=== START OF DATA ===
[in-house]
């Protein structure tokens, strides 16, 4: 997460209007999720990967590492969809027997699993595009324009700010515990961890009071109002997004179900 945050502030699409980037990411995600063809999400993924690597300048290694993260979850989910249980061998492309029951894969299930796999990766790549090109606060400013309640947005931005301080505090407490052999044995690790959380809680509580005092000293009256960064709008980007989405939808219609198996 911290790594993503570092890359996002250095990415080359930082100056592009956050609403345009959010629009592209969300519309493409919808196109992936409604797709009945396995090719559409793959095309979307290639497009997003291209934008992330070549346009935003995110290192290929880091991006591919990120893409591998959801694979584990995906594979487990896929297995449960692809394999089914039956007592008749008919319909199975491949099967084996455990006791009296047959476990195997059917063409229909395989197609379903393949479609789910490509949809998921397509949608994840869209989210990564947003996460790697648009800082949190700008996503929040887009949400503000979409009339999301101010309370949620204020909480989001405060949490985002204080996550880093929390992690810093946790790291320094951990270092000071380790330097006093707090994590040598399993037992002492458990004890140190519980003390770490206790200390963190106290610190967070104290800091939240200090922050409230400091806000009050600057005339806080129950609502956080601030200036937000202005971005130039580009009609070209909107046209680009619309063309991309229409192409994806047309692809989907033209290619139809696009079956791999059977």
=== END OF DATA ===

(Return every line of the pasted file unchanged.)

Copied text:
[in-house]
């Protein structure tokens, strides 16, 4: 997460209007999720990967590492969809027997699993595009324009700010515990961890009071109002997004179900 945050502030699409980037990411995600063809999400993924690597300048290694993260979850989910249980061998492309029951894969299930796999990766790549090109606060400013309640947005931005301080505090407490052999044995690790959380809680509580005092000293009256960064709008980007989405939808219609198996 911290790594993503570092890359996002250095990415080359930082100056592009956050609403345009959010629009592209969300519309493409919808196109992936409604797709009945396995090719559409793959095309979307290639497009997003291209934008992330070549346009935003995110290192290929880091991006591919990120893409591998959801694979584990995906594979487990896929297995449960692809394999089914039956007592008749008919319909199975491949099967084996455990006791009296047959476990195997059917063409229909395989197609379903393949479609789910490509949809998921397509949608994840869209989210990564947003996460790697648009800082949190700008996503929040887009949400503000979409009339999301101010309370949620204020909480989001405060949490985002204080996550880093929390992690810093946790790291320094951990270092000071380790330097006093707090994590040598399993037992002492458990004890140190519980003390770490206790200390963190106290610190967070104290800091939240200090922050409230400091806000009050600057005339806080129950609502956080601030200036937000202005971005130039580009009609070209909107046209680009619309063309991309229409192409994806047309692809989907033209290619139809696009079956791999059977």